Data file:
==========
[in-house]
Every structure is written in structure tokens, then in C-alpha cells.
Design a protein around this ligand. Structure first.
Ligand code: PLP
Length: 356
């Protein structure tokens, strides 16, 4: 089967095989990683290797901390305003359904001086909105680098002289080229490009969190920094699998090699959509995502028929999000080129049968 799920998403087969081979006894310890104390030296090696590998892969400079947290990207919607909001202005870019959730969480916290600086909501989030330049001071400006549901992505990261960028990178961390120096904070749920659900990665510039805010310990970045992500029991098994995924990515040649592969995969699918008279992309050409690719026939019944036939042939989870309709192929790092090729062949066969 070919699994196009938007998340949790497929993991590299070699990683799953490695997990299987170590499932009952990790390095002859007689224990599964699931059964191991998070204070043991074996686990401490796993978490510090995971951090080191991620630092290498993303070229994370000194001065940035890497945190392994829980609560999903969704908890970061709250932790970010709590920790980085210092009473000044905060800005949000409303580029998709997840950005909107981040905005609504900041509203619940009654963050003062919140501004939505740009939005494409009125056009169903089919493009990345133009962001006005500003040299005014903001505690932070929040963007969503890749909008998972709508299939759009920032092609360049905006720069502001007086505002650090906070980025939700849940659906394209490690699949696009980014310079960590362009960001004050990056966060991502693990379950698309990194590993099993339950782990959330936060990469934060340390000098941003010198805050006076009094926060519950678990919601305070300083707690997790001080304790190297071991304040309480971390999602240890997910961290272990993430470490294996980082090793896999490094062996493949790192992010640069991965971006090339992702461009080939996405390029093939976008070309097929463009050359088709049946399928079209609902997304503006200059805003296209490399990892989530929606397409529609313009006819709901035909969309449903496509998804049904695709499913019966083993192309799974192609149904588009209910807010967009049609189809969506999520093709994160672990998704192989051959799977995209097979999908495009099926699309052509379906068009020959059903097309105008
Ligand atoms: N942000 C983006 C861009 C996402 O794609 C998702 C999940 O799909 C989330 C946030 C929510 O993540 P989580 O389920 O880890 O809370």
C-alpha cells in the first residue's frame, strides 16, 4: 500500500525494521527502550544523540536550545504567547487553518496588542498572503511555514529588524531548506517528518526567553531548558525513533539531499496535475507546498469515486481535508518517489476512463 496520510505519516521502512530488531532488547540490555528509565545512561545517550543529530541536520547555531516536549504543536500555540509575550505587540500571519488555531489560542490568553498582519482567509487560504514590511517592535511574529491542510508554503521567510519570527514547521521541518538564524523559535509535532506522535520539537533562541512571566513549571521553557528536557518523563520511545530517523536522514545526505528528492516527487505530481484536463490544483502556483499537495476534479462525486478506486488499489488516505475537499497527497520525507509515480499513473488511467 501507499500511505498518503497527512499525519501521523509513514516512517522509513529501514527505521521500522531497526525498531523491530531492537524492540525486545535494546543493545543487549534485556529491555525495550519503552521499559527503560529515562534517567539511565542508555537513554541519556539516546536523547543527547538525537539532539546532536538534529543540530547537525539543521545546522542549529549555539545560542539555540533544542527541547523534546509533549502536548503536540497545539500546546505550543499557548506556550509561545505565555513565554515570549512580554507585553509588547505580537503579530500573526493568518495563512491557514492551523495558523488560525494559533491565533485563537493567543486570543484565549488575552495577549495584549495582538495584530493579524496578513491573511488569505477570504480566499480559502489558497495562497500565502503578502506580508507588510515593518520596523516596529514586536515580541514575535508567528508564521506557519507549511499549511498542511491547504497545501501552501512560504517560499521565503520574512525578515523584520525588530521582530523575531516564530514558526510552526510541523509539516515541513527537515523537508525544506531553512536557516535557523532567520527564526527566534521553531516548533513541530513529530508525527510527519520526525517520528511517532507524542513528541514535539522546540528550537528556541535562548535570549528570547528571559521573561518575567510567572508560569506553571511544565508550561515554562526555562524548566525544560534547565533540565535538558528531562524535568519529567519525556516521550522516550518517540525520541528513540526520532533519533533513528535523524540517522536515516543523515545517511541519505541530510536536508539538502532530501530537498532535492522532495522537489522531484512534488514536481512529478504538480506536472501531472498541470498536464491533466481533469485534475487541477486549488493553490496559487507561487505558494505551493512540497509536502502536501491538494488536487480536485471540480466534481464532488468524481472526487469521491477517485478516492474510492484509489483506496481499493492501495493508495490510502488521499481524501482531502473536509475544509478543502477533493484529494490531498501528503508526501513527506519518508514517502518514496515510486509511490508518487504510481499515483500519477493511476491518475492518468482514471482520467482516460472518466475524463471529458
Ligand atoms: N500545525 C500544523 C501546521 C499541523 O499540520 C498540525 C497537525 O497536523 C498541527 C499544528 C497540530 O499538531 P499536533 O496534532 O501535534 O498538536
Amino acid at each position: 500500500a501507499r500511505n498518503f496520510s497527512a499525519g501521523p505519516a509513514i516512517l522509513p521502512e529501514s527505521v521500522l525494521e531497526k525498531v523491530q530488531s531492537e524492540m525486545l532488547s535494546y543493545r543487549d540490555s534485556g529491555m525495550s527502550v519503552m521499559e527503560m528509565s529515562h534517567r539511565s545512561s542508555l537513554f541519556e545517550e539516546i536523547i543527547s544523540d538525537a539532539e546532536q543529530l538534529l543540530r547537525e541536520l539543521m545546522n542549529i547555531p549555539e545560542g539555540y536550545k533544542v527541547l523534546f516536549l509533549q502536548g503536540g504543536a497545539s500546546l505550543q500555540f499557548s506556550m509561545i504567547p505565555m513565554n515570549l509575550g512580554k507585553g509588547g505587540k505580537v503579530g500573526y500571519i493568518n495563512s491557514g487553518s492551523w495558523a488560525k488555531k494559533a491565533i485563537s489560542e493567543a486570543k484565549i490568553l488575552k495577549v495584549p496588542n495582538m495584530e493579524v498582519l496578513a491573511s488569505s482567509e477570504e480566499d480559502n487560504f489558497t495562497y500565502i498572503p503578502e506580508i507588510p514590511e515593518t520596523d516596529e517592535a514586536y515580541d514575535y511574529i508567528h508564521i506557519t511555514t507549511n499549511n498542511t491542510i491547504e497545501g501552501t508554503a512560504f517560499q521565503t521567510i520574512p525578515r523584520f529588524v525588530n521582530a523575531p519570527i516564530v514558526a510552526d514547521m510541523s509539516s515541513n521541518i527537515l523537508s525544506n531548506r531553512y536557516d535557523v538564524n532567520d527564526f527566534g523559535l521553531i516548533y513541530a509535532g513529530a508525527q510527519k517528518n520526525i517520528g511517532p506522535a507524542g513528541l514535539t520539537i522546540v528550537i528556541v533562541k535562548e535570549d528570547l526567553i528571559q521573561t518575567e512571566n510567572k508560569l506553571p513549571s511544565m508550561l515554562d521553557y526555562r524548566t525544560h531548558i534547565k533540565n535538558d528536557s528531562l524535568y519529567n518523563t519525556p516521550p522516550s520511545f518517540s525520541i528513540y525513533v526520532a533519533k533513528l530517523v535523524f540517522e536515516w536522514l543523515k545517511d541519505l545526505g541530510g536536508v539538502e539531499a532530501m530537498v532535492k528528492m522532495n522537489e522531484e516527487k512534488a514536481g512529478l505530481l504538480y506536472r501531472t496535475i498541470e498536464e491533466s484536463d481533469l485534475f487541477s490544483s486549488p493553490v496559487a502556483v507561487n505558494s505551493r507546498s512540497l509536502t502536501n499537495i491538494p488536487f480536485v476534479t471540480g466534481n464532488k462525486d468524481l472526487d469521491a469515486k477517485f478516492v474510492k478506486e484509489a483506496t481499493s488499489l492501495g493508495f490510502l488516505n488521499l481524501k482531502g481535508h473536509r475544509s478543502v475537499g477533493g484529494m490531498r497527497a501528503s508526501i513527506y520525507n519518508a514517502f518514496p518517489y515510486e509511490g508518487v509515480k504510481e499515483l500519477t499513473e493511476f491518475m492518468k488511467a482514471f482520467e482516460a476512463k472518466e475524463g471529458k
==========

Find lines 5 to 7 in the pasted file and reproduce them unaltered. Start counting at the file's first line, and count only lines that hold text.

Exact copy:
Length: 356
């Protein structure tokens, strides 16, 4: 089967095989990683290797901390305003359904001086909105680098002289080229490009969190920094699998090699959509995502028929999000080129049968 799920998403087969081979006894310890104390030296090696590998892969400079947290990207919607909001202005870019959730969480916290600086909501989030330049001071400006549901992505990261960028990178961390120096904070749920659900990665510039805010310990970045992500029991098994995924990515040649592969995969699918008279992309050409690719026939019944036939042939989870309709192929790092090729062949066969 070919699994196009938007998340949790497929993991590299070699990683799953490695997990299987170590499932009952990790390095002859007689224990599964699931059964191991998070204070043991074996686990401490796993978490510090995971951090080191991620630092290498993303070229994370000194001065940035890497945190392994829980609560999903969704908890970061709250932790970010709590920790980085210092009473000044905060800005949000409303580029998709997840950005909107981040905005609504900041509203619940009654963050003062919140501004939505740009939005494409009125056009169903089919493009990345133009962001006005500003040299005014903001505690932070929040963007969503890749909008998972709508299939759009920032092609360049905006720069502001007086505002650090906070980025939700849940659906394209490690699949696009980014310079960590362009960001004050990056966060991502693990379950698309990194590993099993339950782990959330936060990469934060340390000098941003010198805050006076009094926060519950678990919601305070300083707690997790001080304790190297071991304040309480971390999602240890997910961290272990993430470490294996980082090793896999490094062996493949790192992010640069991965971006090339992702461009080939996405390029093939976008070309097929463009050359088709049946399928079209609902997304503006200059805003296209490399990892989530929606397409529609313009006819709901035909969309449903496509998804049904695709499913019966083993192309799974192609149904588009209910807010967009049609189809969506999520093709994160672990998704192989051959799977995209097979999908495009099926699309052509379906068009020959059903097309105008
Ligand atoms: N942000 C983006 C861009 C996402 O794609 C998702 C999940 O799909 C989330 C946030 C929510 O993540 P989580 O389920 O880890 O809370």